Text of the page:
Steve made a comment that science bloggers need to become more professional, making a living from studying and writing about science, and … holy crap, that’s me! I’m doing that!
My business model is entirely based on writing such good, useful health science content — without making empty promises — that people are happy to pay for it. That’s it. When I sit down to work, that’s my goal: make this worth buying. And people do. Sometimes I forget how unusual it is. Blessing: counted. Thank you, customers!
Now my ego is tingling, instead of my brain.
Don’t get me wrong: this a big roomful of a thousand of my kind of people, and I love that, we all love that. Community is good.
But I’m a bit bored.
Call me crazy, but I’m not really a huge fan of being glued to a chair in an excessively air-conditioned room for four hours — and that’s just the first morning — listening to one speaker after another indulge in an extraordinarily large number of maudlin thanks and acknowledgements. The volunteers are awesome, thanks — got it the first couple times. Took it for granted, actually.
I’m not extremely bored, just a bit bored. I came for substance, and I just haven’t heard a great deal of it yet.Call me crazy, but I’m not really a huge fan of being glued to a chair in an excessively air-conditioned room for four hours.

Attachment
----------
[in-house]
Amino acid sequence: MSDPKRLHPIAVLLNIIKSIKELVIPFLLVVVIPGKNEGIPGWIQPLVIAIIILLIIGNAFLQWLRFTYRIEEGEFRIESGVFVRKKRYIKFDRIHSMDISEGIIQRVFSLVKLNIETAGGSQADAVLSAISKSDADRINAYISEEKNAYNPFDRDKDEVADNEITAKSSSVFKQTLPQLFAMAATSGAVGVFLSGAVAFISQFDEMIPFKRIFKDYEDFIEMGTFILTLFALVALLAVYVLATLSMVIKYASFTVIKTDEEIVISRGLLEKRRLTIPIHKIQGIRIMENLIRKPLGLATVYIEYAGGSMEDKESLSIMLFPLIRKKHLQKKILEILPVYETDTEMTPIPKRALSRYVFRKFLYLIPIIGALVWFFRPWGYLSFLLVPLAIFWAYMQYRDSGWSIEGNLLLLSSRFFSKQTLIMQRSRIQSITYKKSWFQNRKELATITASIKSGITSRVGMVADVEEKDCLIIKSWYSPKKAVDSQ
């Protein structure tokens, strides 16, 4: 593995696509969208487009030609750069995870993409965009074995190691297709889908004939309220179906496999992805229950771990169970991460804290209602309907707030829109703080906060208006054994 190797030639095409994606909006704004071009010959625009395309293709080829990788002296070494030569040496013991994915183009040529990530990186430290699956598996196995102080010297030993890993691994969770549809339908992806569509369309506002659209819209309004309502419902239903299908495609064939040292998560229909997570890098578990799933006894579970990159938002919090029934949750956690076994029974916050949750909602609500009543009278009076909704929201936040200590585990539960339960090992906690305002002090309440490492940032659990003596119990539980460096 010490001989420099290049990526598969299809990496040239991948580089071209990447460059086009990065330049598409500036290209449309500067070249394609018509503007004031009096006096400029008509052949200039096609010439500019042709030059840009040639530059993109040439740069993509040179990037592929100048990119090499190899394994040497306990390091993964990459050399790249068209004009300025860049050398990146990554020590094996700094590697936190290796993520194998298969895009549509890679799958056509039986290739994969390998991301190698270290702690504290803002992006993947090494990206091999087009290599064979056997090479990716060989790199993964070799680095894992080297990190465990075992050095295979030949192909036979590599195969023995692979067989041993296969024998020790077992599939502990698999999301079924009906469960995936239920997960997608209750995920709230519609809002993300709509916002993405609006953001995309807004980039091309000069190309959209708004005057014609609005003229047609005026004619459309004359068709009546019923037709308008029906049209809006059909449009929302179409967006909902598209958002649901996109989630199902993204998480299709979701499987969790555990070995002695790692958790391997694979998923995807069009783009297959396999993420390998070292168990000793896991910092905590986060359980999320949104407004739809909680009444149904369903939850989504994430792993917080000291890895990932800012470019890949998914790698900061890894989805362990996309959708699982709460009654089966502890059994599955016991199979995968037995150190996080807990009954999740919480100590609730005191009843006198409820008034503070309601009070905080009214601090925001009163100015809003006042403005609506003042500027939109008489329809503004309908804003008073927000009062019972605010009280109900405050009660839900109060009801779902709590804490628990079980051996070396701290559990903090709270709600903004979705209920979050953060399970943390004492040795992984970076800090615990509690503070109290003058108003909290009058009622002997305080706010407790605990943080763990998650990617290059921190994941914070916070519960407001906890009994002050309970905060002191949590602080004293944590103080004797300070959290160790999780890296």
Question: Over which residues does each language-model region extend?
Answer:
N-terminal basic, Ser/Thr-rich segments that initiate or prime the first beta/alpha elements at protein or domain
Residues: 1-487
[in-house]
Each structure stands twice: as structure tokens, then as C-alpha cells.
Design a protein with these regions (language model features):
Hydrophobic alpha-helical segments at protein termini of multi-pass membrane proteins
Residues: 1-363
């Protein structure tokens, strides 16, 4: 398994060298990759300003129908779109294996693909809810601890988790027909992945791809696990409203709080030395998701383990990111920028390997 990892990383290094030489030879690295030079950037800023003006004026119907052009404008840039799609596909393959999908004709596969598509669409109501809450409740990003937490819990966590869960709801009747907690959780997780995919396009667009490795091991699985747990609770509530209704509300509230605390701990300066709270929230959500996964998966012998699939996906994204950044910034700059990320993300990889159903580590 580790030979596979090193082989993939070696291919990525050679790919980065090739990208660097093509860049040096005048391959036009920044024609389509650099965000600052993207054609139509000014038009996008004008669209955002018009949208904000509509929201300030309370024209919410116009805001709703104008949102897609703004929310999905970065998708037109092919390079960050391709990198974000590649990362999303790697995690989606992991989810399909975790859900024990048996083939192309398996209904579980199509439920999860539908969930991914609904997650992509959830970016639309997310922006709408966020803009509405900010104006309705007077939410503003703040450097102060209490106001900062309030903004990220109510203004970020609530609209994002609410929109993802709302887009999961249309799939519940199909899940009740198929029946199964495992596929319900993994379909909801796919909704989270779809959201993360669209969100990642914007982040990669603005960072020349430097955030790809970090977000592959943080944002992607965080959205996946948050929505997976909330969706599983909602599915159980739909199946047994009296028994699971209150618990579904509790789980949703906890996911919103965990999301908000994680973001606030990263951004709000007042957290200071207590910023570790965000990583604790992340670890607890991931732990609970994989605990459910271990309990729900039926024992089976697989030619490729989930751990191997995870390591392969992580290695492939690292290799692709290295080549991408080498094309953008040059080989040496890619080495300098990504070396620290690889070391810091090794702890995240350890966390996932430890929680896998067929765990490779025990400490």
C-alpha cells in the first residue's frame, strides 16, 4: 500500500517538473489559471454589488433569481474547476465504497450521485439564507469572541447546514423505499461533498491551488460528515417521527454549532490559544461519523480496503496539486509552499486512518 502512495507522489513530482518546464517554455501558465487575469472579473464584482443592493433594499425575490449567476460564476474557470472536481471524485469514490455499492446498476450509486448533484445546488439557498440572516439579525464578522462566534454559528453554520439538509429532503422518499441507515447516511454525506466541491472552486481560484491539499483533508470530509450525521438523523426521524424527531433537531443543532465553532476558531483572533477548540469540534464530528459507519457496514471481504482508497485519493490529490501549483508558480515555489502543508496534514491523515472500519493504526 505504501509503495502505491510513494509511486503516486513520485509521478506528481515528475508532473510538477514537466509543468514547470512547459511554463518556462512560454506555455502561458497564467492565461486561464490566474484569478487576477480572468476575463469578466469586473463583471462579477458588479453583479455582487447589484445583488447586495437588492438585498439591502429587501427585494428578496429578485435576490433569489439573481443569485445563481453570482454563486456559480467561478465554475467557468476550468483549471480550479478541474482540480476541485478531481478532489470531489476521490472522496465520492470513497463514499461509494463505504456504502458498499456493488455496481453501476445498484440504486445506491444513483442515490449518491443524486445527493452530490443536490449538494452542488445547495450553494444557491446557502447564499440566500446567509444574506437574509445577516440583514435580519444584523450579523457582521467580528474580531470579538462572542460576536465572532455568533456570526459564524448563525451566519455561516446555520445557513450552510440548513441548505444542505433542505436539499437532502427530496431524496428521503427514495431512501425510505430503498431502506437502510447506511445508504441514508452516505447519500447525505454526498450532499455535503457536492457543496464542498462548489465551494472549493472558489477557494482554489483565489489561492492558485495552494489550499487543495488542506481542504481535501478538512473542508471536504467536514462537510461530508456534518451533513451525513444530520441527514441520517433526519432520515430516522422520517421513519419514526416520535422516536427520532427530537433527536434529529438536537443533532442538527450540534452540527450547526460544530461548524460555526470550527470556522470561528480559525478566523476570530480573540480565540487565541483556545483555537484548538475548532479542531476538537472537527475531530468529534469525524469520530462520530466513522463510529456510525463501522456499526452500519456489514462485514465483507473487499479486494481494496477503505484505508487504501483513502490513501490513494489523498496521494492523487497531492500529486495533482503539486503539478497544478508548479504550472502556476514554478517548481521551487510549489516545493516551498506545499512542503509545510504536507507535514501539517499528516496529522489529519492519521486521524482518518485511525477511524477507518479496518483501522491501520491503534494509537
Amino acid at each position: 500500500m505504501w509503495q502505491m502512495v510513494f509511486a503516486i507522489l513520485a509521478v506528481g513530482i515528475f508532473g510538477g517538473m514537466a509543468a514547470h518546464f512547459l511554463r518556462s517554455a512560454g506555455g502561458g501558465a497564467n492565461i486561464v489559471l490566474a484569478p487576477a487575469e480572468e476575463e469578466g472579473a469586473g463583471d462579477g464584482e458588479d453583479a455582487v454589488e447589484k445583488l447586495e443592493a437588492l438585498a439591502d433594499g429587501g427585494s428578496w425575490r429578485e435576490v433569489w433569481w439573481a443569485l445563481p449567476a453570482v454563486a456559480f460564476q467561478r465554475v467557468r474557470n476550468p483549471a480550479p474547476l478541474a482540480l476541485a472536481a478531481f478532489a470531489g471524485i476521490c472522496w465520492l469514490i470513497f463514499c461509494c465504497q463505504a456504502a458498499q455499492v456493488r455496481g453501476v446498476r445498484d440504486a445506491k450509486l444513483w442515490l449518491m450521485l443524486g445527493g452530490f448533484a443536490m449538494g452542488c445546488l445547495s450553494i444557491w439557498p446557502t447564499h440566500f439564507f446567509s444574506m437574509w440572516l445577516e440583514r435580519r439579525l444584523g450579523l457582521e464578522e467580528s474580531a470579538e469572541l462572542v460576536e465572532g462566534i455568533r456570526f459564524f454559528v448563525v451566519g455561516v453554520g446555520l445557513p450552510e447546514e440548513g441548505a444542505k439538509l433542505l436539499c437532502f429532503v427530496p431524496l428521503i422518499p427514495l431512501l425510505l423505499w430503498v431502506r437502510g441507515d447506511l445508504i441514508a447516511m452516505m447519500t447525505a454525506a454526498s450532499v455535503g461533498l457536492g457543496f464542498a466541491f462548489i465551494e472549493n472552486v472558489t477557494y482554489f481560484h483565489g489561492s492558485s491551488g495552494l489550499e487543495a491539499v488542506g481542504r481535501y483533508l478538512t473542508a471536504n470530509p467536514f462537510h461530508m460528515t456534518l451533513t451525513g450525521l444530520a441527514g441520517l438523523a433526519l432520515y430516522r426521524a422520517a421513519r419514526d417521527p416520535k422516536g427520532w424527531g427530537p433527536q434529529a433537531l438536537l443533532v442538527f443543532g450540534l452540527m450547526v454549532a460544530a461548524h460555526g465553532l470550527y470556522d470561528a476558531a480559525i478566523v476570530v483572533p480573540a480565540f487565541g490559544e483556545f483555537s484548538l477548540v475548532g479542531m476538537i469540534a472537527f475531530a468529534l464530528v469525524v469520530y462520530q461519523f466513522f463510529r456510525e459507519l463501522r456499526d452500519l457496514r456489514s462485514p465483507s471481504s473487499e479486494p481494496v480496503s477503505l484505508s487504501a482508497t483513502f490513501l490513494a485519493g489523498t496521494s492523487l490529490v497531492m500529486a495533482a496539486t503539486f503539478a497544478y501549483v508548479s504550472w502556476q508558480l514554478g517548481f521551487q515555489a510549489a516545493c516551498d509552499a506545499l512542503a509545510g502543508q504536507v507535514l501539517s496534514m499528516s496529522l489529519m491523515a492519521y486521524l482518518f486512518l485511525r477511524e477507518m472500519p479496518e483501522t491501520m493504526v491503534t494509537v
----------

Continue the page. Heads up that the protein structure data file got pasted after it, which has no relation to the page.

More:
Fintan “Not Actually A Porn Star” Steele gave a pretty meaty presentation on the over-hyping of genomic-based medicine — turns out your genetic profile is about as meaningful as your horoscope. But that didn’t really surprise me, and (no offense to Mr. Steele, who was a fine speaker) I could have pretty much gotten the same information in ten minutes of reading. Actually, I could have guessed it, if I’d aimed my brain at it. If someone had asked me yesterday: “Are expensive genetic profiles predicting your risks for a variety of diseases medically useful, or a great way of sucking bucks out of the pockets of the worried well and well-off?”
I would have replied:
“Probably the latter.” And that’s really all the time I need to spend on that.
So, yeah, a touch bored.
The “a bit bored” theme continued yesterday until dinner. It’s confirmed: the TAM7 format loses me, alas. I really enjoyed some of the content — in-with-1000-people-joke: “I’m willing to show my tits!” — but no matter how much I enjoy the content I’m going to run up against the fact that nothing is interesting enough to keep me in a chair (and happy) for that long.
I perked up a lot for the Skeptic’s Guide to the Universe (SGU) “fund-raising” dinner. Price tag: $50. Cost to the SGU for each guest: $51. As Rebecca Watson quipped: “fund-raising fail!”